Most machine learning algorithms require input in the form of numeric matrices; most machine data is not initially in that form. Therefore, preprocessing is often required to transform events into a consumable form, while additionally addressing issues like large numbers of fields or numeric fields of wildly differing scales.
The following assistants in the Splunk Machine Learning Toolkit include an option to perform preprocessing of your data:
Preprocessing steps are saved in the Load Existing Settings tab for these assistants.
The Machine Learning Toolkit uses the following algorithms to preprocess data:
|FieldSelector||The FieldSelector algorithm selects the best predictor fields based on univariate statistical tests. For example, you could use this algorithm to select features that would optimize for reducing the false positive rate.|
|KernelPCA||The KernelPCA algorithm reduces the number of fields by extracting uncorrelated new features out of data. It is generally good practice to use StandardScaler before KernelPCA, though it's not required. To reduce the number of dimensions, use the KernelPCA or PCA algorithms to increase performance. KernelPCA and PCA can also be used to reduce the number of dimensions for visualization purposes, for example, to project into 2D in order to display a scatterplot chart.|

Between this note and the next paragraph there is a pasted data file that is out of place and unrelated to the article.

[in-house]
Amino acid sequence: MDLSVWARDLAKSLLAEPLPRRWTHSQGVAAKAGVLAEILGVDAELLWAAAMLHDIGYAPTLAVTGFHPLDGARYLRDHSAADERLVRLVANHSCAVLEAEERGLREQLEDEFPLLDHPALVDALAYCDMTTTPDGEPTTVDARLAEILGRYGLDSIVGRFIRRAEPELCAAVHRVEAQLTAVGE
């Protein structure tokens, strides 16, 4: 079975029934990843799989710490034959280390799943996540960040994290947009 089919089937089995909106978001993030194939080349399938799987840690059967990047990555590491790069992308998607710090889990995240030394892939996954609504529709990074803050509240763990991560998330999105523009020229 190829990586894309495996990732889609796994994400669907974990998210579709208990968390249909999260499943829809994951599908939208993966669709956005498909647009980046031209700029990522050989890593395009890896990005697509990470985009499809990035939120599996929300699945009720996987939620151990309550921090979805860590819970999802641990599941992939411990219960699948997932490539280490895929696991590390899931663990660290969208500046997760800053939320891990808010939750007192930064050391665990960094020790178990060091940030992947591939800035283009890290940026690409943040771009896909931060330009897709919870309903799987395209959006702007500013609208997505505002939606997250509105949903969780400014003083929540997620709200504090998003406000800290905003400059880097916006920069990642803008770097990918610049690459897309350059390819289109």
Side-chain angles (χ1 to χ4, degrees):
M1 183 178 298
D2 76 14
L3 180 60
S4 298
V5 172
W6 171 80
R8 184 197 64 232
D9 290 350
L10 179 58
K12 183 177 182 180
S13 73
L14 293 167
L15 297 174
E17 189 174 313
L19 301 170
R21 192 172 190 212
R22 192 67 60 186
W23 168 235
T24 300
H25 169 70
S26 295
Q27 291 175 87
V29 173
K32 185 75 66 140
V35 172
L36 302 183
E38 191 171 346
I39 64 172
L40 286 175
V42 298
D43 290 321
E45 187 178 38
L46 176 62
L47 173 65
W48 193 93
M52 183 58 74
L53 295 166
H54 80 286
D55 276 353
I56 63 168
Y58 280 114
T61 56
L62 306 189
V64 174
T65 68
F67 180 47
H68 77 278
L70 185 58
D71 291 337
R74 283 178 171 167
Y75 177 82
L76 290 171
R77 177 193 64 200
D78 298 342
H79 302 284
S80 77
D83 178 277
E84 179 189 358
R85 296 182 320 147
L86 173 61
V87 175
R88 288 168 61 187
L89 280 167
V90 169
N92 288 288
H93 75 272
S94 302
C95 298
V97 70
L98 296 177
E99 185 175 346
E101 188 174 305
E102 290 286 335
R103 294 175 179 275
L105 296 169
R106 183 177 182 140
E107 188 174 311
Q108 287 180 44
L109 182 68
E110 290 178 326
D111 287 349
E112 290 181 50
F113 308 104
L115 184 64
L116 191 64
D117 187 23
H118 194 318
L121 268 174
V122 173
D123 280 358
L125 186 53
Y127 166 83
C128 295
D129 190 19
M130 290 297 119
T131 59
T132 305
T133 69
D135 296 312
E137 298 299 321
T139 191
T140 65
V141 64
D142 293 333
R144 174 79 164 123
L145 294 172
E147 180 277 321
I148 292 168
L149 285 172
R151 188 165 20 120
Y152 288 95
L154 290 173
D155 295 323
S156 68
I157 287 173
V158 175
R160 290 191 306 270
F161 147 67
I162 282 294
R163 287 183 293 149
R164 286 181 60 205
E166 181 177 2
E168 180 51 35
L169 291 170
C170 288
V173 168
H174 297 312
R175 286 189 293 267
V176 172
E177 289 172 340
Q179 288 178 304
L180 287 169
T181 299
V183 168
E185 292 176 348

|PCA||The PCA algorithm reduces the number of fields by extracting new uncorrelated features out of the data. It is strongly recommended to standardize fields using StandardScaler before using the PCA method. To reduce the number of dimensions, use the PCA or KernelPCA algorithms to increase performance. PCA and KernelPCA can also be used to reduce the number of dimensions for visualization purposes, for example, to project into 2D in order to display a scatterplot chart.|
|StandardScaler||The StandardScaler algorithm standardizes the data fields by scaling their mean and standard deviation to 0 and 1, respectively. This standardization helps to avoid dominance of one or more fields over others in subsequent machine learning algorithms. StandardScaler is useful when the fields have very different scales. StandardScaler standardizes numeric fields by centering about the mean, rescaling to have a standard deviation of one, or both.|
Apply preprocessing to your data
Apply preprocessing on your data using a specified Preprocess method, also known as an algorithm to a search, with an Assistant. You can add one or more preprocessing steps to your data, resulting in a set of sequential transformations. The transformed data is suitable for machine learning.
- In the Splunk Machine Learning Toolkit app, select an Assistant to add preprocessing steps to your search:
- Select Assistants > Predict Numeric Fields
- Select Assistants > Predict Categorical Fields
- Select Assistants > Cluster Numeric Events
- In the Create New Model tab, run a search.
- Under the Preprocessing Steps section, click + Add a step link.
- Select the Preprocess method, also known as an algorithm.